Like every good pop star, Britney Spears has perfected the art of appearing transparent while not actually revealing much about her true self at all. Really, who can blame her? The sweet Mouseketeer from Louisiana became a sex symbol, a global superstar, and (eventually) tabloid fodder thanks to marriage(s), motherhood, custody battles, sleazy boyfriends, and a very public head shaving. For Spears’ musical and personal self-preservation, it made sense to do some reputation rehab and play it safe. Naturally, this meant she retreated into her comfort zone: frothy electronic dance music, public displays of coquettishness (e.g., a remix on Rihanna's "S&M"), and feel-good TV appearances on Glee and X Factor.
I Am Britney Jean, which boldly promotes “an intimate look at one of the most overexposed yet under revealed stars of today,” finds Spears decidedly not in her usual element: The documentary explores the creation and execution of the stage, show, and intricate choreography for her extravagant Las Vegas residency, which begins on December 27. Woven into this storyline are clips of Spears doing her pop star thing—filming videos for singles “Work Bitch” and “Perfume,” going to England to do press, appearing on The Ellen DeGeneres Show—and confessional-style, interstitial shots of her doing self-analysis about everything from sex and love to stardom and sisterhood.
The latter moments live up to I Am Britney Jean’s promise of vulnerability. Spears appears luminous and delicate—an appearance enhanced by the fact this footage is black-and-white or washed-out pastels—and she’s refreshingly candid. At one point, she admits, “I love sex—I think sex is great. But I feel a little different about it now that I’m older.” During an admission of how nervous she can be, she observes that her anxious mannerisms are rather familiar: “Oh my God, I’m turning into my f***ing father right now, this is horrible.” There’s zero trace of attitude or cynicism to Spears as she’s reflecting on her life; she comes off as eminently likeable and warm.
In the documentary’s less formal moments, Spears is also relatable, whether she’s awkwardly making small talk with the actor hired to make out with her in the “Perfume” video, or munching on Skittles during a lull in an interview. Several times, she emphasizes how shy she is—a fact reinforced later by her petrified look and whimper as she’s walking to face a rowdy crowd at an event, or how she nervously twists her hands while doing interviews. Spears comes across as exceedingly normal, with the same anxieties and insecurities as everyone else, despite the absurd situations in which she’s placed. For someone who grew up in the spotlight and under immense pressure, her reactions are refreshingly unsullied by fame.
I Am Britney Jean’s touching scenes between Spears and her family explain this down-to-earth demeanor. A Thanksgiving gathering with her parents, boyfriend, two sons and assorted relatives is utterly unpretentious; she goofs around at the piano and, in one of the film’s most touching moments, is caught curled up on the couch with one of her sons. At other times, these familial interactions provide welcome comic relief: Spears’ dad Jamie is a genial jokester who embarrasses her by fashioning a makeshift air conditioner using duct tape and makes faces at her on a video shoot. A brief appearance by younger sister Jamie Lynn Spears is also memorable. Besides saying sweet things about her sibling, she does a dead-on imitation of her sister and admits with a straight-face that she could kick Britney’s ass.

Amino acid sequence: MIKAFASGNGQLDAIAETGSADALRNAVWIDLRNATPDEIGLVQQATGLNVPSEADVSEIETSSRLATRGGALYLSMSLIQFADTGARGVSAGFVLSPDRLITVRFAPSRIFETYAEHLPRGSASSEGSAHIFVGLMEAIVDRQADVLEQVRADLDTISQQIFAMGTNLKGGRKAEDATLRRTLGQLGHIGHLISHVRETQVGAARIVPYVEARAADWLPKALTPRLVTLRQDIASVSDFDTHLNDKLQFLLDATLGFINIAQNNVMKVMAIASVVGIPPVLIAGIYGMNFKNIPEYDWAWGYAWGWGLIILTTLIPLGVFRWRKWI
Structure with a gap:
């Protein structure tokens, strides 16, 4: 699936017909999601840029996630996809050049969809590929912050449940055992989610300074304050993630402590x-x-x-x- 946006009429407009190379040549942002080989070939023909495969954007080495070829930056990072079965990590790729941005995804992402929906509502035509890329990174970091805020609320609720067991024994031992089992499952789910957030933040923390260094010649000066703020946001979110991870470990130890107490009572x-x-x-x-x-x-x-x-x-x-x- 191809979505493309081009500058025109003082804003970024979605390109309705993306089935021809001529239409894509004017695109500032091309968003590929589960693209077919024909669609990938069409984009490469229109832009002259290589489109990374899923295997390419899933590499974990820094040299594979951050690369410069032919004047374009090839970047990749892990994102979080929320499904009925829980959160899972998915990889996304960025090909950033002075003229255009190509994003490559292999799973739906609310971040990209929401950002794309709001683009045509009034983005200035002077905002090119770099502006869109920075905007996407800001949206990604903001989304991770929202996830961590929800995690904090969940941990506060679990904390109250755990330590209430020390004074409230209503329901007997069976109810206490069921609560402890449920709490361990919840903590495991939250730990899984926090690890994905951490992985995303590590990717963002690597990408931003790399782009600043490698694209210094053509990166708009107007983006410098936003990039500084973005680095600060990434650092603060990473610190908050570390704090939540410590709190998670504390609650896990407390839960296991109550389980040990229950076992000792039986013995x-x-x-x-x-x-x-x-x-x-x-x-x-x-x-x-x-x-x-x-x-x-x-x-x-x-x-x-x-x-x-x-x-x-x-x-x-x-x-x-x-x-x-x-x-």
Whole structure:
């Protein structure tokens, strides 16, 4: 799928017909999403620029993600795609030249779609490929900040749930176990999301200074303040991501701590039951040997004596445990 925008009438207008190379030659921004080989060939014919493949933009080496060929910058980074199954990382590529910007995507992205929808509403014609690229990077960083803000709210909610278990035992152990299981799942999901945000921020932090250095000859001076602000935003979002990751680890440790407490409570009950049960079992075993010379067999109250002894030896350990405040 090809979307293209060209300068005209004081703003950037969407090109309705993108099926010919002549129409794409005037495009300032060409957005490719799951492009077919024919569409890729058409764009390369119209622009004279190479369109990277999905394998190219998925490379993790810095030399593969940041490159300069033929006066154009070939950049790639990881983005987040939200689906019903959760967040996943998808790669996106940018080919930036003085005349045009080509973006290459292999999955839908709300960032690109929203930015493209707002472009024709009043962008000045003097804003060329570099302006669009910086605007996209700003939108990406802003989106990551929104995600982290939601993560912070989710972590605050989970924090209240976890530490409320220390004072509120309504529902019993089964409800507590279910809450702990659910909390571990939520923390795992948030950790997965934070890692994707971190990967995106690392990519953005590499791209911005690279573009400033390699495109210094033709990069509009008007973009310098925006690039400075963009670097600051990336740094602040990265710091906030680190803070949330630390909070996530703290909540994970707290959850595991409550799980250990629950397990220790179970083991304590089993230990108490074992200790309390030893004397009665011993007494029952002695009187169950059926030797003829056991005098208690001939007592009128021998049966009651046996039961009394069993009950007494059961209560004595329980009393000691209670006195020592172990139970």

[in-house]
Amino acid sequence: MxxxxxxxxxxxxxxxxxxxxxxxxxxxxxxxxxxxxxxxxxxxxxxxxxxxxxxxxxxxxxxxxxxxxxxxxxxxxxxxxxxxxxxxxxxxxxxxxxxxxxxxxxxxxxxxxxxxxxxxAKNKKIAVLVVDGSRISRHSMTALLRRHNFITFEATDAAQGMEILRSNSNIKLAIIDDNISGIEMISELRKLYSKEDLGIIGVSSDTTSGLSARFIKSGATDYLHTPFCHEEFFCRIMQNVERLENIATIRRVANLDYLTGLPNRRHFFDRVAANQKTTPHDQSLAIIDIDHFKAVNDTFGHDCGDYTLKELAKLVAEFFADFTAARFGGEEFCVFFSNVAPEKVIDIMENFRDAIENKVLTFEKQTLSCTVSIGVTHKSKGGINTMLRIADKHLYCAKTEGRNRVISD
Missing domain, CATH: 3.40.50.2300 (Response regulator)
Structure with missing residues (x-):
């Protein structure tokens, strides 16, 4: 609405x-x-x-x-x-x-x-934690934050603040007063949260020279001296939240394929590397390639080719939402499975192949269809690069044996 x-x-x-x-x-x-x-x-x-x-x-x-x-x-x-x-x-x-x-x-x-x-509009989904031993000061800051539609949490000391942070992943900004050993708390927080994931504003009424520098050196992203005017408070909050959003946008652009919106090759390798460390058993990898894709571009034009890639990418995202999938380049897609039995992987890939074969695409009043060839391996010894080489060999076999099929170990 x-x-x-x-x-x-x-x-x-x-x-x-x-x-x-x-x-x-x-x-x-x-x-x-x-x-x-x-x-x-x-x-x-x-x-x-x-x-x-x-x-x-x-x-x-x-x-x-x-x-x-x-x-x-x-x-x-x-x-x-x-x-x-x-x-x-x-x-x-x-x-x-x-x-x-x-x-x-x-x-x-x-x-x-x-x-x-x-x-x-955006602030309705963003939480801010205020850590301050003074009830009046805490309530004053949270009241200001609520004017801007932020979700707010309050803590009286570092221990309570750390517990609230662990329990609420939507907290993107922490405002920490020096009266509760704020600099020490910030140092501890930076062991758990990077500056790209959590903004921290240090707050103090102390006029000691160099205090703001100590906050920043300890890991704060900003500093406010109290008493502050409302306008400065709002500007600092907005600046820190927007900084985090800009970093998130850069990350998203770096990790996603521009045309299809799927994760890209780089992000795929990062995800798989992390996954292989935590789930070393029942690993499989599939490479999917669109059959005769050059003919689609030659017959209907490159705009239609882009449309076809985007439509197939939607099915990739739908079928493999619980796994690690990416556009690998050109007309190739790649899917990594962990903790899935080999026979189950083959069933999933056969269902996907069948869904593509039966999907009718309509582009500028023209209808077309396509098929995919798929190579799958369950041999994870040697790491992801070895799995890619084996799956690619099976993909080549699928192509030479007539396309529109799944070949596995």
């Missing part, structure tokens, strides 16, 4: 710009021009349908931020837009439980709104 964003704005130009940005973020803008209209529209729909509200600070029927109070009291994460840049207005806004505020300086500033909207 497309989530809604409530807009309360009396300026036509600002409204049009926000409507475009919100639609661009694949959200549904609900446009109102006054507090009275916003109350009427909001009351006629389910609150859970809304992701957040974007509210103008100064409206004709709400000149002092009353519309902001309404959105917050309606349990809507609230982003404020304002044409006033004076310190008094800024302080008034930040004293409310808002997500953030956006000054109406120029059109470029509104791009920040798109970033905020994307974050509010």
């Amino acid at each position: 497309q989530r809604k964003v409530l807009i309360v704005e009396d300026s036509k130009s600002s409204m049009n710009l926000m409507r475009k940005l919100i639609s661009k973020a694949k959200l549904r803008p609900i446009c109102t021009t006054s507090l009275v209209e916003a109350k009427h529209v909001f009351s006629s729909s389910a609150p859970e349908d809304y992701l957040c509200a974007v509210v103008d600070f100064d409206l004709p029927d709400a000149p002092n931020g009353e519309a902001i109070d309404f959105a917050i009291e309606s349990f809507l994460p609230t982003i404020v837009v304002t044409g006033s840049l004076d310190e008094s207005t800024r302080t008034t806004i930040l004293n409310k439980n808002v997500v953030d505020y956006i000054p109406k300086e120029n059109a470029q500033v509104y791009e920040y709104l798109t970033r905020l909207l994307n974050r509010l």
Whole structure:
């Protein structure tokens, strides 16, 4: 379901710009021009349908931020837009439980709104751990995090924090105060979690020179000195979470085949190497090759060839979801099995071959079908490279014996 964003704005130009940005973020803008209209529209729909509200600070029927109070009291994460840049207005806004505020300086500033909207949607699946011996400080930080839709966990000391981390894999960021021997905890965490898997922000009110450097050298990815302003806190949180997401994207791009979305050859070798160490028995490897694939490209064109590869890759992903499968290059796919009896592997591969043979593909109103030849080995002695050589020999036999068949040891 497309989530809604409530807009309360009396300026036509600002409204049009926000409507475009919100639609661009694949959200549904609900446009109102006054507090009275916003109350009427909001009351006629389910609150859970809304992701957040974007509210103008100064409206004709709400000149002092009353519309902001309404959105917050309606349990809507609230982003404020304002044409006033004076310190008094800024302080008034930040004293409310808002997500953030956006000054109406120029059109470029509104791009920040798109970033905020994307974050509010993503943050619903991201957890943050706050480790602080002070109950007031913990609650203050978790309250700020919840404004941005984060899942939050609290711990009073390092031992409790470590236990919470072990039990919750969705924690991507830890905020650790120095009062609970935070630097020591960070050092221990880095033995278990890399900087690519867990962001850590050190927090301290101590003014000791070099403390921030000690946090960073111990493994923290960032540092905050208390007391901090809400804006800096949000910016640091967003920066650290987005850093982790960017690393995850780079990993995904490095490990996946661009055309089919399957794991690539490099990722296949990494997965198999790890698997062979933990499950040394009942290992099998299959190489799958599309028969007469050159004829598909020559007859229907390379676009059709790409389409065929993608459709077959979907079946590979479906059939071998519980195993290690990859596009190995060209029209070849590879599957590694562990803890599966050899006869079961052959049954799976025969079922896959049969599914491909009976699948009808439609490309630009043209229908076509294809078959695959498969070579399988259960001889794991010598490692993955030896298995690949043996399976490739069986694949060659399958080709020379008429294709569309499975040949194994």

These moments aside, I Am Britney Jean places a surprisingly heavy emphasis on the circus surrounding her impending Vegas production. Boring minutiae about the residency and behind-the-scenes glimpses of the process dominate the narrative and make the movie drag; worse, these scenes are often tedious displays of strategy and inside baseball. Does anyone really care that everything about the stage construction is always running behind, or that Spears isn’t into a space-age, blue-and-silver costume? (Answer: no and no.) In fact, I Am Britney Jean’s conflicts are the very definition of first-world problems: whether Spears’ new song “Alien” makes the final cut, whether her stage will be finished on time, whether an injured dancer will be well enough for opening night. These bursts of drama are so mundane, it’s difficult to muster up any interest in them. The documentary’s attempts to humanize her backup dancers also largely fall flat, as there’s never much more than surface insights into their personalities.
At the same time, there’s plenty of (admittedly impressive) footage of Spears and her dancers working out the show’s choreography. Curiously, however, we never actually hear her sing. The omission doesn’t feel nefarious or done with malicious intent, but it is notable; after all, I Am Britney Jean is about one of the biggest singers in the world, and while studio versions of her music are present, Britney’s own voice is absent. This silence not only clashes with the self-confident, strong woman seen elsewhere in the movie—it does nothing to quell the lip-syncing accusations that have plagued Spears for years now.
In the end, I Am Britney Jean feels torn between fluffy promotional obligations and Spears’ desire to portray her true self. Sadly, the former wins out; the documentary ultimately ends up feeling like one big ad for the Vegas residency. It’s disappointing—if not a little cruel—that a film purportedly meant to let Spears get up close and personal is overshadowed by the business-minded aspects of her career. The inadvertent message of I Am Britney Jean is that Spears and her work persona are inseparable, which is exactly what she’s been trying to escape for years now. For someone who has worked so hard to get healthy and establish her own personality, she deserves better than a shallow platform.